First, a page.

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EXPLORING SWEDEN

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Kebnekaise: How I tamed Sweden’s highest peak

The Local's Oliver Gee has returned from climbing the highest mountain in Sweden. He talks about the adventure, facing certain doom, and mosquitoes the size of golf balls.

Kebnekaise: How I tamed Sweden's highest peak
Sitting on top of Sweden.
I was 150 kilometres north of the Arctic circle and the mosquitoes wanted me dead. I was already itchy just minutes after leaving Nikkaluokta – a tiny dot on the map that marked the end of the road and the start of the trip.
 
Thwack, thwack, thwack.
 
I was armed with a backpack (including tent, sleeping bag, food, clothes, water, and insect repellent), my girlfriend, and a 19-kilometre trek to the base camp of Kebnekaise. 
 
Halfway along at a lakeside pit stop, an exhausted Serb heading the other way got talking to me, scratching his festering ankles as he spoke.
 
“I'll give you one word of warning, my friend” he said, thwacking a mosquito on his arm, revealing a small pool of blood. 
 
“If you make it to the top, don't look over the edge. I did. It's certain death off both sides. I got a serious dose of vertigo and no one needs that in their lives.” 
 
Lucky I'm not afraid of heights, I thought foolishly. And oh, how wrong I was.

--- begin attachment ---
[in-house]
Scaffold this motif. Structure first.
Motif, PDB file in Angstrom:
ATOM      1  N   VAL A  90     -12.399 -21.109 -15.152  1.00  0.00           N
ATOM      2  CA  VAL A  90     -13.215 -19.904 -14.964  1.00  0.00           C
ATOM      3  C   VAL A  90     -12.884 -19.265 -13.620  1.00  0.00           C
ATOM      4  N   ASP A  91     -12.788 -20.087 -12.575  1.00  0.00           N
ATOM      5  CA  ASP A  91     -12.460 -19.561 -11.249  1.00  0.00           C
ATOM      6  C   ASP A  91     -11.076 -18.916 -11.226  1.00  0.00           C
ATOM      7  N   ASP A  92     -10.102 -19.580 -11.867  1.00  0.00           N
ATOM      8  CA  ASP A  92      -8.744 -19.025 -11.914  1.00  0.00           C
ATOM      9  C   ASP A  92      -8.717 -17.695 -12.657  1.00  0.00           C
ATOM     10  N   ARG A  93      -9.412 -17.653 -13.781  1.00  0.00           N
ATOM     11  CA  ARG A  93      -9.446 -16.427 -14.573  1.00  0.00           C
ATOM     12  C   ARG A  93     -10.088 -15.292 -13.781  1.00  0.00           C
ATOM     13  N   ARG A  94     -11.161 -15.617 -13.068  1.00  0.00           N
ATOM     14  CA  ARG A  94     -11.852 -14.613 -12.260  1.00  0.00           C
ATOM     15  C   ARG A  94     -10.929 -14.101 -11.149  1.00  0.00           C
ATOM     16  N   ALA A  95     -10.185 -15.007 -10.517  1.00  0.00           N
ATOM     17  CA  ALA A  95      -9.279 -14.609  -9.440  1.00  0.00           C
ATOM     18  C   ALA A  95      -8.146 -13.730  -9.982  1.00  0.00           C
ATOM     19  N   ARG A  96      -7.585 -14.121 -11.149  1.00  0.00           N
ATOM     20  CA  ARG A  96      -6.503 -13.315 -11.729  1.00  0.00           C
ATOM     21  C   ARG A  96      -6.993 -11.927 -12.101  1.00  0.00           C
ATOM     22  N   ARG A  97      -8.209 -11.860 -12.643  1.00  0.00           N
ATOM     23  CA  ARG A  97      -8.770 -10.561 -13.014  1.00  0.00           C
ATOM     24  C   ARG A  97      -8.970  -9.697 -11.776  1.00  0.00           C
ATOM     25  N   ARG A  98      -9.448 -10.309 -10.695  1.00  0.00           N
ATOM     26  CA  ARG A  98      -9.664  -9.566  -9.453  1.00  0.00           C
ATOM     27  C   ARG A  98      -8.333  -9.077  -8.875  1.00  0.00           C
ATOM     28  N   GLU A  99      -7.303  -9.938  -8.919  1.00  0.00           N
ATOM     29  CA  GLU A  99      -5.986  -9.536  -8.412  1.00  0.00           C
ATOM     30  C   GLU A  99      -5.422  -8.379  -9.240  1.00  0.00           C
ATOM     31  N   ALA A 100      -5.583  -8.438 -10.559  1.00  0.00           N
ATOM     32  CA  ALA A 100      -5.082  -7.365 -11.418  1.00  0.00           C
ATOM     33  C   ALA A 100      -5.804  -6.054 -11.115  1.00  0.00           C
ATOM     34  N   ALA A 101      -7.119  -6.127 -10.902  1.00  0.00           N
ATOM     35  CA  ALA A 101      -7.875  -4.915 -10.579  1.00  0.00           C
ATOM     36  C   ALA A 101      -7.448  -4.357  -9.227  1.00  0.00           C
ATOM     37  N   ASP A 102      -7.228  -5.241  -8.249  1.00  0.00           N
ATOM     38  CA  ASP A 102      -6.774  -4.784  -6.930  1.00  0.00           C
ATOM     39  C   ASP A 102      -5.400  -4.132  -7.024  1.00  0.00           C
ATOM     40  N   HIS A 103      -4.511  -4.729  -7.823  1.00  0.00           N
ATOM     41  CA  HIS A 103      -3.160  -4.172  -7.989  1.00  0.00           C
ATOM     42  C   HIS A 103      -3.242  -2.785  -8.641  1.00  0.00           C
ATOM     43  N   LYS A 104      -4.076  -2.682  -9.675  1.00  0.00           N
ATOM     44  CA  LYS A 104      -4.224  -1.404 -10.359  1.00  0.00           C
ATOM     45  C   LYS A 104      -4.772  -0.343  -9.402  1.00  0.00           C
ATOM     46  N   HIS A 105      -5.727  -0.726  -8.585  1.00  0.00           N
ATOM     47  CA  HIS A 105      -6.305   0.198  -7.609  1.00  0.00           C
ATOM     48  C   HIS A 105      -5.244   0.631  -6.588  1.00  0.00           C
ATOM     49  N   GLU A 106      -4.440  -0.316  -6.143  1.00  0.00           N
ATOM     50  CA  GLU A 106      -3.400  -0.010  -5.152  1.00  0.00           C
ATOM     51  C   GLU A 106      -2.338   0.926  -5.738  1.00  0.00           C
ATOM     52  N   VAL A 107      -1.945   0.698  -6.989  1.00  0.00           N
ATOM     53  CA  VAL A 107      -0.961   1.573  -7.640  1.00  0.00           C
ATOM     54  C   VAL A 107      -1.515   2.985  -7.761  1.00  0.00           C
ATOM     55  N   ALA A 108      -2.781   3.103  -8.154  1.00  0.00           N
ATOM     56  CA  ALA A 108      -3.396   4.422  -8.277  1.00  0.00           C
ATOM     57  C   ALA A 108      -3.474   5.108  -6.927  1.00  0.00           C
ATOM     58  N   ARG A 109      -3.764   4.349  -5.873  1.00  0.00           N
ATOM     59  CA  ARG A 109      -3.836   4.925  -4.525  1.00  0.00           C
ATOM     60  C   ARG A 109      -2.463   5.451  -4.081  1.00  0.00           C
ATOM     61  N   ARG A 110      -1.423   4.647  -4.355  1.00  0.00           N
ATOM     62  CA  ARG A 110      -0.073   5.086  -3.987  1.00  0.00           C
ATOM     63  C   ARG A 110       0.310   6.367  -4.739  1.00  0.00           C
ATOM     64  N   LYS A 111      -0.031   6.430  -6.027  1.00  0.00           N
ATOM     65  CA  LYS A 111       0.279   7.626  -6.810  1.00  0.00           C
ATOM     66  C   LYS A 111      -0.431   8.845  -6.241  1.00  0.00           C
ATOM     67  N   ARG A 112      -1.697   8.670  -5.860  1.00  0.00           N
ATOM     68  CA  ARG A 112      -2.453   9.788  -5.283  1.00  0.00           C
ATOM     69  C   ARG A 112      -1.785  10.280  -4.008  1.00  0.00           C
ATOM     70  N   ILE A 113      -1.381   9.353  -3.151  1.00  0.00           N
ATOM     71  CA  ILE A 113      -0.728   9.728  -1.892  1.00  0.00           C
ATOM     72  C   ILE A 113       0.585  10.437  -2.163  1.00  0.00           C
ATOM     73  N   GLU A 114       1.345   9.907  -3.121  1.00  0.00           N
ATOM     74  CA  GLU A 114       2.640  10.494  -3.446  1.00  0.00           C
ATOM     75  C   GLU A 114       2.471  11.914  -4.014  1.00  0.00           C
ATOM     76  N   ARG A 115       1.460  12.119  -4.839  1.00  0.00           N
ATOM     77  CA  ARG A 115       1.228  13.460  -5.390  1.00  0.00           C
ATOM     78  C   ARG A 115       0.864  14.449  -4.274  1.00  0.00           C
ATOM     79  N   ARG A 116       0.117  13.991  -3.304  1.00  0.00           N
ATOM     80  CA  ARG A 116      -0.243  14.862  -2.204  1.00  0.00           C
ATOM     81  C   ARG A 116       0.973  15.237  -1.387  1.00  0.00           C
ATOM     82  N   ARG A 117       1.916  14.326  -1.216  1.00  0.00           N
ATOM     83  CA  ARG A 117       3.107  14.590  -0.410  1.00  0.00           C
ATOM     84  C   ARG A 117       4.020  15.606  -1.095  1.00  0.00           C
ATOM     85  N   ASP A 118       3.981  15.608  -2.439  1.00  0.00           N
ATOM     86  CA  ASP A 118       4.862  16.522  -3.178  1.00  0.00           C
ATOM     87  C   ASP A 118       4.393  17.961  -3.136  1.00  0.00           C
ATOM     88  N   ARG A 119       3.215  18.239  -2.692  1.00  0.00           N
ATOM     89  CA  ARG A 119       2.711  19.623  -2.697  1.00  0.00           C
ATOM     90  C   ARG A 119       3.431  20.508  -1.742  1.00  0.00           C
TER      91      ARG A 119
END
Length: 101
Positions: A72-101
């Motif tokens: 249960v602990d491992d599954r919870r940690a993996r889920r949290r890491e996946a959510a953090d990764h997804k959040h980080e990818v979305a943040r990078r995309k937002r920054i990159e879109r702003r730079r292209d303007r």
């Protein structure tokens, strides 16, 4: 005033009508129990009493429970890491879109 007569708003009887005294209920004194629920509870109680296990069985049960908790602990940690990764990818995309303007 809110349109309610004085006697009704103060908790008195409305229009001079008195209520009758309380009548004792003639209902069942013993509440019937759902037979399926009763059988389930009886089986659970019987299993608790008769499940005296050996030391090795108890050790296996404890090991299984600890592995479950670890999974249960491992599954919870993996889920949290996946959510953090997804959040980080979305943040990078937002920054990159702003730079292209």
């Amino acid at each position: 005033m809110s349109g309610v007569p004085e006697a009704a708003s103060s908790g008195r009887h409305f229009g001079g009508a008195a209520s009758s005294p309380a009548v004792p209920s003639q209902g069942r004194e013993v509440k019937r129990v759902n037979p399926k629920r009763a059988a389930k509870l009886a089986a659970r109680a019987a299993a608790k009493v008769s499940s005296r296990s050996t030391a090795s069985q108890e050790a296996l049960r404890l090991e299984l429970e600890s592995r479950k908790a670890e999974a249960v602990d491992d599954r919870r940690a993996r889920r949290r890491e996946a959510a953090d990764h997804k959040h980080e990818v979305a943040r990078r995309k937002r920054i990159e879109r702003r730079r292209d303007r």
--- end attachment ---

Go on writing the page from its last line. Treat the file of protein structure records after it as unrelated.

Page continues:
The scene of the lakeside pit stop
 
Five hours of walking and we were at the base camp, setting up our tent. I was already struggling after lugging the gear, but glad I didn't have to take the cheapest mattress space at the lodge for 520 kronor ($75). 
 
The trek was a little tough on my ankles (I was wearing sneakers), and I eyed up the rack of hiking boots available for rent.
 
The man behind the desk laughed when I asked if the mountain would be much tougher than the hike that day. 
 
“That first bit was a walk in the park. I could do it in flip flops. If you want to tame Kebnekaise, you're going to need hiking boots,” he said with a smile. 
 
These turned out to be the wisest words I'd hear. I rented the boots for 200 kronor (If you want my advice, bring sturdy boots – read my top five tips here) and we planned to set off at sunrise the next day.
 
 
The ascent
 
I learned quickly that there's no such thing as sunrise in far northern Sweden during the summer. In fact, there's no sunset either. Just sun, 24 hours a day. So we set off at 8.30 as a fair compromise. 
 
I'd say there were around 50 people doing the climb that day, spaced far apart. Many of them gave up. Most, perhaps. You see, it's a steep ten kilometres from base camp to the peak, followed by another ten on the way down. And the average hike time is around 13 hours. And on this day, the sun was pounding down. 
 
The climb winds slowly into the mountains, and it's several hours before you can even see the peak. Red painted dots mark the track every now and again, and it's recommended you take a compass in case visibility is too low to see them. 
 
 
See the picture above for a rough idea of the climb. First, you have to veer left, scale the lower peak (to the top left), then descend 200 metres in that big dip (oh cruel, cruel world), before hiking up the other side to the summit (far right).
 
And this takes hours. About seven for us. The ascent gets steeper, the rocks get looser, the running water from the melting glaciers gets scarcer, until it's just you against the mountain. Man versus nature. 
 
 
At times, you have to cross streams, scale glaciers, and dodge tumbling rocks. You have to avoid the people turning back on the path who've given up, and who have defeat written all over their face.